Doctor or Doctress?

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A letter to Mrs. Lida Poynter from E.W. Morgan of the United States Veteran’s Administration, describing Dr. Mary Walker’s service in the Civil War.

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“How Dr. Mary is Remarkable”: A Female Surgeon in the Civil War

Mary Walker was the only woman physician to serve as a government-commissioned surgeon in the American Civil War. She was appointed contract surgeon for the 52nd Ohio Volunteer Infantry in March 1864.  In April 1864, Dr. Walker was captured by Confederate soldiers and held prisoner for 4 months in Richmond, Virginia.  She was released 4 months later, in August.  In recognition of her services to the Union Army, President Andrew Johnson gave her a Medal of Honor in November 1865.  She was given a pension in 1874 because of her service during the Civil War, and later worked as clerk in the United States Veteran’s Administration.

Lida Poynter collected many letters from people who knew Dr. Walker, as well as official documentation about Dr. Walker’s military service.  This letter serves as evidence that Dr. Walker was surgeon in the United States Army during the Civil War.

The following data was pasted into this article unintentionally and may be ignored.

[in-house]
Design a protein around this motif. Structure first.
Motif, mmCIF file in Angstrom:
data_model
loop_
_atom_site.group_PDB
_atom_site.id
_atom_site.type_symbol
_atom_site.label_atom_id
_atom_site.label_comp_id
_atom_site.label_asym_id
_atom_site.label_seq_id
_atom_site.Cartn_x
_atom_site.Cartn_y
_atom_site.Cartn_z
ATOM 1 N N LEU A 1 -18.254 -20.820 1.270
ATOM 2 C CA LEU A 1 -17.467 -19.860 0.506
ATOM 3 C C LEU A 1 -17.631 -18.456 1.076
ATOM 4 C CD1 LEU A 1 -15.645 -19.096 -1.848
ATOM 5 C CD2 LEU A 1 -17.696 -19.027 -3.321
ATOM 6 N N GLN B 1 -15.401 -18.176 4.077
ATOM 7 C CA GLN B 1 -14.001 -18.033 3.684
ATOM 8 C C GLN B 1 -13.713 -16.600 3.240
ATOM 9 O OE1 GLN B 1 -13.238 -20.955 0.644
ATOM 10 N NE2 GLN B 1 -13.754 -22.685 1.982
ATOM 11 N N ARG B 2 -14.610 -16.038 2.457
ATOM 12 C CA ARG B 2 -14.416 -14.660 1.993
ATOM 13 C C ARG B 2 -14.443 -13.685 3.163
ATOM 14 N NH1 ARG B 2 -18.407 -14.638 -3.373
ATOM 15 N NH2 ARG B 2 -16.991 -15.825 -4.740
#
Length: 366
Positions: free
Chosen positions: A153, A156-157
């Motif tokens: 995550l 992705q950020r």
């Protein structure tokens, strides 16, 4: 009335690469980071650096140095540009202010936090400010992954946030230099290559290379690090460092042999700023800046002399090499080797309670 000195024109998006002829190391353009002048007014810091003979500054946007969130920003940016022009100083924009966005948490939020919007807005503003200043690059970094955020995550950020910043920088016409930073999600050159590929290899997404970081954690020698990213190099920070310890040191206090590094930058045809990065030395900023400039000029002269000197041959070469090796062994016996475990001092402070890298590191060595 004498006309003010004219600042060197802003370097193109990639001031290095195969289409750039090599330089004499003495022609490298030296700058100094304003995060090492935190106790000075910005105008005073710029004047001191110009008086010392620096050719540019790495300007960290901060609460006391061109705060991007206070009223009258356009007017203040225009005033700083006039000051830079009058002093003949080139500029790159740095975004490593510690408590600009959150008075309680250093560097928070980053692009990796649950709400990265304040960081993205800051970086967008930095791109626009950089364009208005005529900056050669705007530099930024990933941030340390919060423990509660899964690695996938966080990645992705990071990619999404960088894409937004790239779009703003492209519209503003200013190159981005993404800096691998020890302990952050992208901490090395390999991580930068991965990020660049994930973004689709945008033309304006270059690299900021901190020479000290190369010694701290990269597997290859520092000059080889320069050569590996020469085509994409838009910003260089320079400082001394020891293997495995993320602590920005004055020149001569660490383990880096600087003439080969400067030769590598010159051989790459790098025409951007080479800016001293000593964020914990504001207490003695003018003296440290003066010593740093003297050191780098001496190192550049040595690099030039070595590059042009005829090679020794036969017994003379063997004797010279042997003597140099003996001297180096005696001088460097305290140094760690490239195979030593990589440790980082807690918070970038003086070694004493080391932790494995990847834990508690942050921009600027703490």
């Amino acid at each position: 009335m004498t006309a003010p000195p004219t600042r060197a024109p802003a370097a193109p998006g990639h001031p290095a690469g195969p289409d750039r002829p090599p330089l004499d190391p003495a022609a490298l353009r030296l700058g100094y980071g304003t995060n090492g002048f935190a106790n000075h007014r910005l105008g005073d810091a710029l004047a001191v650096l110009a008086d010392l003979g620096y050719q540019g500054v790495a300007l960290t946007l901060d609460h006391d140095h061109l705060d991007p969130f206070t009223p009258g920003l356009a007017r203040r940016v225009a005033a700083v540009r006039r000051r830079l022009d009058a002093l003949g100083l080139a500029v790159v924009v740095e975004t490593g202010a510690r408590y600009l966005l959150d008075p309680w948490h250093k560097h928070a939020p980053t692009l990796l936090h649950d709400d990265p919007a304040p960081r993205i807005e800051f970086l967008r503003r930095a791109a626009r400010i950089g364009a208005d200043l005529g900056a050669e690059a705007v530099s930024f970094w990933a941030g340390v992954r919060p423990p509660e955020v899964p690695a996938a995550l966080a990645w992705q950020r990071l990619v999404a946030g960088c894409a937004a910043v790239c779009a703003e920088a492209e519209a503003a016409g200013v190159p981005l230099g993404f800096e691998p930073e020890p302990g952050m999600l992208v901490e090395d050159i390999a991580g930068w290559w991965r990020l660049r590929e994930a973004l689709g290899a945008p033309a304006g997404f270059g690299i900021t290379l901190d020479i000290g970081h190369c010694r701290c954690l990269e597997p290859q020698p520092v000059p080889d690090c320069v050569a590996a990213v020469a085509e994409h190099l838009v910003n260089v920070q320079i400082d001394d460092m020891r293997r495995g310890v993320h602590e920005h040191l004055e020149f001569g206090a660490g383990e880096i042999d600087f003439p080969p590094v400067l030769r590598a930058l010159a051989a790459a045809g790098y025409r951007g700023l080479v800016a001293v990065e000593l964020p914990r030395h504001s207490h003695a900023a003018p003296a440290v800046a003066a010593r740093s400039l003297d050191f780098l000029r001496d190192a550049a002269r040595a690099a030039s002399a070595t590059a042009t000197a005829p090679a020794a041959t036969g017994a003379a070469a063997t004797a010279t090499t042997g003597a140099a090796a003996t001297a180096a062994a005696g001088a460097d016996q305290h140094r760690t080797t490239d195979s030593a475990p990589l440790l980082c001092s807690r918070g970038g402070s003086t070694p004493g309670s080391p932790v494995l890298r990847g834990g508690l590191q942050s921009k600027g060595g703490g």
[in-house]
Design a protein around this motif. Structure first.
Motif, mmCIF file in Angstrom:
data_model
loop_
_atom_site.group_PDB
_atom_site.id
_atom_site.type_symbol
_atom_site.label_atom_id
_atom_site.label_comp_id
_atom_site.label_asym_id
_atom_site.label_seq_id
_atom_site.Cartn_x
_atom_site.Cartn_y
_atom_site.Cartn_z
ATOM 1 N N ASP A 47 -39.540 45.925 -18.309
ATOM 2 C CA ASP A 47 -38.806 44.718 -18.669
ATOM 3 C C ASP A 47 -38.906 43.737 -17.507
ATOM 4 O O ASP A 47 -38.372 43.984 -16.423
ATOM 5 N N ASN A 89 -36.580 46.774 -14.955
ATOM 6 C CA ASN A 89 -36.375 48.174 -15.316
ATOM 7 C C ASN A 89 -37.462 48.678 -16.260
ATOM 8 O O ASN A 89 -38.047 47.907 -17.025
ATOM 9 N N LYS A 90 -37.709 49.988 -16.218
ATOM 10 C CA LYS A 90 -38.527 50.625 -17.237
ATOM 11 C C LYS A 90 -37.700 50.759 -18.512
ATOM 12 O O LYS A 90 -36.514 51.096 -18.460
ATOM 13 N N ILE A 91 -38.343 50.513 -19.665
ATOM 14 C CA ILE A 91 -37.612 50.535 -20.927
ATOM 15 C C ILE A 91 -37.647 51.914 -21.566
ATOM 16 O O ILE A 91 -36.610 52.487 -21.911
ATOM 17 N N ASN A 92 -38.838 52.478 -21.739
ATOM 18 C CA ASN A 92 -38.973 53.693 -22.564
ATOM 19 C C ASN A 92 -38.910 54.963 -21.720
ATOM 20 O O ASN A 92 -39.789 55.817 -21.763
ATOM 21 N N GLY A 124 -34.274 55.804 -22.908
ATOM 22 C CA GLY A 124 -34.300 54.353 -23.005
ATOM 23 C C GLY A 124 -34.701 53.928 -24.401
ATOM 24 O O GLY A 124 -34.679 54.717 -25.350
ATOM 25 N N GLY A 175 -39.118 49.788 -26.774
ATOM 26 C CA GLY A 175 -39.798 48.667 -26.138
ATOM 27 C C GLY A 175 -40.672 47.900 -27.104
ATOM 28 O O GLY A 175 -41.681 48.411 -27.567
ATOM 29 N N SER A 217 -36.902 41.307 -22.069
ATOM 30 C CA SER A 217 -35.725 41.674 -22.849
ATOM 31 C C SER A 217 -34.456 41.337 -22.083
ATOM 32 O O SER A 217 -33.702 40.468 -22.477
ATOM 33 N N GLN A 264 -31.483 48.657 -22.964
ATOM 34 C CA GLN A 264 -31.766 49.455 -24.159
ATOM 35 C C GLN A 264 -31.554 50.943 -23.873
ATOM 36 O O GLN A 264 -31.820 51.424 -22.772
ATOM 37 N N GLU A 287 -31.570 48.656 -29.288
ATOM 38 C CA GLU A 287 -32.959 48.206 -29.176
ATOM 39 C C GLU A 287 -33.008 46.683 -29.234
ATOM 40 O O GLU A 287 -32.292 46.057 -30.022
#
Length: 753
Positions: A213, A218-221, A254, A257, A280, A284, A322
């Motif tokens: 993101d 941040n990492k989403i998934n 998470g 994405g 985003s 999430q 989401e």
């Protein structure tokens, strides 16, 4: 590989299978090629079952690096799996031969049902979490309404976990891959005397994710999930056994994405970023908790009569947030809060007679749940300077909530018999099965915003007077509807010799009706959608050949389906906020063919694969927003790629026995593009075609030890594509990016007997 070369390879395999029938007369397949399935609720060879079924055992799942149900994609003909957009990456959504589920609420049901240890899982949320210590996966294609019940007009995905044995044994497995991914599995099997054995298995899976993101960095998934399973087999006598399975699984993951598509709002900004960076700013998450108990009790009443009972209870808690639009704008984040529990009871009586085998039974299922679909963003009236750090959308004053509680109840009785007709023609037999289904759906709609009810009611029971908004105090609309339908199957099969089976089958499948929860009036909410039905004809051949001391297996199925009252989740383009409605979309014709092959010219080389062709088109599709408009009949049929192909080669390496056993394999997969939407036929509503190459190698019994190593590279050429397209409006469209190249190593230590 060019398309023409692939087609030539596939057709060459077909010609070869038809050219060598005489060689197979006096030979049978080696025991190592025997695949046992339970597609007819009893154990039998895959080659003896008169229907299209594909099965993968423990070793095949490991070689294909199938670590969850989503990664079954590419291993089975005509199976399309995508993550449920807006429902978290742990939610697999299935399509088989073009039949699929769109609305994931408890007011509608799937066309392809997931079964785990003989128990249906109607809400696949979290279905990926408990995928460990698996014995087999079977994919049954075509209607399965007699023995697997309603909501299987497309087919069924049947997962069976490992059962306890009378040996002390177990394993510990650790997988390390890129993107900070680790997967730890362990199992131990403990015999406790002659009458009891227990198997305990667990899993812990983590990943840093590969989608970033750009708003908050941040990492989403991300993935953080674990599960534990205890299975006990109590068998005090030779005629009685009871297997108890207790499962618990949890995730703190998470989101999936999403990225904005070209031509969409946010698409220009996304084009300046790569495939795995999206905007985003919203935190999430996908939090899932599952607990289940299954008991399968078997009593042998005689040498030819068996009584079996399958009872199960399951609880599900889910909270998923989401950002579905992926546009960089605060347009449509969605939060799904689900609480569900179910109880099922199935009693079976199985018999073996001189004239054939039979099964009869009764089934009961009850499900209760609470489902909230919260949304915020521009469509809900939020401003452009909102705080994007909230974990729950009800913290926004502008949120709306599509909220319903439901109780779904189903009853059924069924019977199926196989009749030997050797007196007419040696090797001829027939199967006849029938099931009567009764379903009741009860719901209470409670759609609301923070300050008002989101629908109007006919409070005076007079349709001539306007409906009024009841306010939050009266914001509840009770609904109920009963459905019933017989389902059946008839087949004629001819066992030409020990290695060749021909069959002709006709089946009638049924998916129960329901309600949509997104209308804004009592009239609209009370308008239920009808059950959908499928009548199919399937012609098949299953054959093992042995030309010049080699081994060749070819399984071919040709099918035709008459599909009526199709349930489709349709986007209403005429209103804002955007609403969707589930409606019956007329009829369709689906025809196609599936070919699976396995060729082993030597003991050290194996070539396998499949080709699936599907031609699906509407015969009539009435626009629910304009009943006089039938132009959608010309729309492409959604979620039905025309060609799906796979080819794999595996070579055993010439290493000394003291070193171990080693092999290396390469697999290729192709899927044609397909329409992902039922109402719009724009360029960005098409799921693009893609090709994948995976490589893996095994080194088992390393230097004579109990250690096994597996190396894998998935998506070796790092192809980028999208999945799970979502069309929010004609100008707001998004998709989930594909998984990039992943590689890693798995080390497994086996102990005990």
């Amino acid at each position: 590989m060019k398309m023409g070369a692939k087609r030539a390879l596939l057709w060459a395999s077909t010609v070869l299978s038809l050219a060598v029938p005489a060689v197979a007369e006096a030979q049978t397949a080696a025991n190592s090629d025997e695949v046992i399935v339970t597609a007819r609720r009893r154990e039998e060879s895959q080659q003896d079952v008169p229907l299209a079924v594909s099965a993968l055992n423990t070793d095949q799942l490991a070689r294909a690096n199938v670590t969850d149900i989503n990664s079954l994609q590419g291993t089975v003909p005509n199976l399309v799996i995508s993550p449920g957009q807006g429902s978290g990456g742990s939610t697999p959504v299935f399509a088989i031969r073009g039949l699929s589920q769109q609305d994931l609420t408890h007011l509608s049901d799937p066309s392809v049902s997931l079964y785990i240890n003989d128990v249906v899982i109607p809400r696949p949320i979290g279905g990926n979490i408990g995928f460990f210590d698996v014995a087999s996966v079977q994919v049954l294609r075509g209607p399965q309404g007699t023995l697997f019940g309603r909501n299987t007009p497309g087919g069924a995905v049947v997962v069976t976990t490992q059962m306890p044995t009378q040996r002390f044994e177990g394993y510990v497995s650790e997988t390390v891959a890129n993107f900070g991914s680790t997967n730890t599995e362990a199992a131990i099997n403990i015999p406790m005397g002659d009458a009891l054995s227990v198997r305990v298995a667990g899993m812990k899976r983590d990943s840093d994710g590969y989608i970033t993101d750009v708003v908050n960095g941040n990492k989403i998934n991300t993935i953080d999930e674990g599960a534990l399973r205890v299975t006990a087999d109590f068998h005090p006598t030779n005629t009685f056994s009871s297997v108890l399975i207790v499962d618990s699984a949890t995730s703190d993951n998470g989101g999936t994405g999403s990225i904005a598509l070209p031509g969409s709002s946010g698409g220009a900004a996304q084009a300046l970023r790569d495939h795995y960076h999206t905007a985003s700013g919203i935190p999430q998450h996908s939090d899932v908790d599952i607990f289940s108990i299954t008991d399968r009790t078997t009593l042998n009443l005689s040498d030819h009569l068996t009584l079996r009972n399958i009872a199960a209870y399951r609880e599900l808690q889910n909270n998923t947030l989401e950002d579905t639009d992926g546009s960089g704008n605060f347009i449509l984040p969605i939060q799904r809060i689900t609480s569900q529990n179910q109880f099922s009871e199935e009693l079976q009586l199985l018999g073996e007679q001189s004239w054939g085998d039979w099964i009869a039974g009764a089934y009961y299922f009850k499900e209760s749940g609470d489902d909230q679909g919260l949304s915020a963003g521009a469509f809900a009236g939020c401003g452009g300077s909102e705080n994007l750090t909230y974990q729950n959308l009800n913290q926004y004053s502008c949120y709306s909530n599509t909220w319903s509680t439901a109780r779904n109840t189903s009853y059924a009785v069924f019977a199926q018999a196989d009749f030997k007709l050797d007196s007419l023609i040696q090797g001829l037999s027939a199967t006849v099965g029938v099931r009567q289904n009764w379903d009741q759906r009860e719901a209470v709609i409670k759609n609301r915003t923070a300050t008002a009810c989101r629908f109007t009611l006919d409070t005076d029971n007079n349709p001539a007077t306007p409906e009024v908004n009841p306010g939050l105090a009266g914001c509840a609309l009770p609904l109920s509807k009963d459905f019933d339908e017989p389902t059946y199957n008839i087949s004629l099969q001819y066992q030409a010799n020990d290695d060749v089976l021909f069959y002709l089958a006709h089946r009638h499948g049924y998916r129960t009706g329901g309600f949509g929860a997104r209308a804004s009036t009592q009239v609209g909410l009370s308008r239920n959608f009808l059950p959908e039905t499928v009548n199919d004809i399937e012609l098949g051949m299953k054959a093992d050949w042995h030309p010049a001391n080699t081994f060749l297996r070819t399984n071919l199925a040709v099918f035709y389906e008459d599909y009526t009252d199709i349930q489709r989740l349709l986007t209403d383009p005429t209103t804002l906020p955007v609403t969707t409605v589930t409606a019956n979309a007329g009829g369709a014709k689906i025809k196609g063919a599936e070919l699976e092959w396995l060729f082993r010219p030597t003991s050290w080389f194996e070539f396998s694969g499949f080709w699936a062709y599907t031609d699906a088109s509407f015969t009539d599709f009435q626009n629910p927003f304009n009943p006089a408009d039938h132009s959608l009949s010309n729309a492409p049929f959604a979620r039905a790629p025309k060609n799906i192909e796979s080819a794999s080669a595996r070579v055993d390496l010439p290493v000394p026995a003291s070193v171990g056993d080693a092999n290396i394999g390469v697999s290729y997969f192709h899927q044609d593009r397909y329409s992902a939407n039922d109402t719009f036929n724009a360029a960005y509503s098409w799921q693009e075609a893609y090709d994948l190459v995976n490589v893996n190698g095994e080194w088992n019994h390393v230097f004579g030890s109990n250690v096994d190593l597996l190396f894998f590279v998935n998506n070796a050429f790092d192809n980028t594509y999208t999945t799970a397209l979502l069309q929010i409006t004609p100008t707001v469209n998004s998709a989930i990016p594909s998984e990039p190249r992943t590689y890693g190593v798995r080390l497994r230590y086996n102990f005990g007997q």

Creator: Morgan, E.W.

Contributor: Poynter, Lida

Language: english

Item Number: a026_016

Pages: 1

Size: 20.32 x 26.67cm

Physical Collection: Papers of Lida Poynter ca.1850-1946 (ACC-026), ACC-026

Finding Aid:

Link to OPAC Record:

Cite this source: Title of document, date. A Female Civil War Surgeon: How Dr. Mary is Remarkable. Doctor or Doctress?: Explore American history through the eyes of women physicians. The Legacy Center, Drexel University College of Medicine Archives & Special Collections. Philadelphia, PA. Date of access.

Walker, Mary Edwards, 1832-1919

Women in medicine

Women surgeons

United States--History--Civil War, 1861-1865--Women

United States Veteran's Administration

Washington (D.C.)

Omaha (Neb.)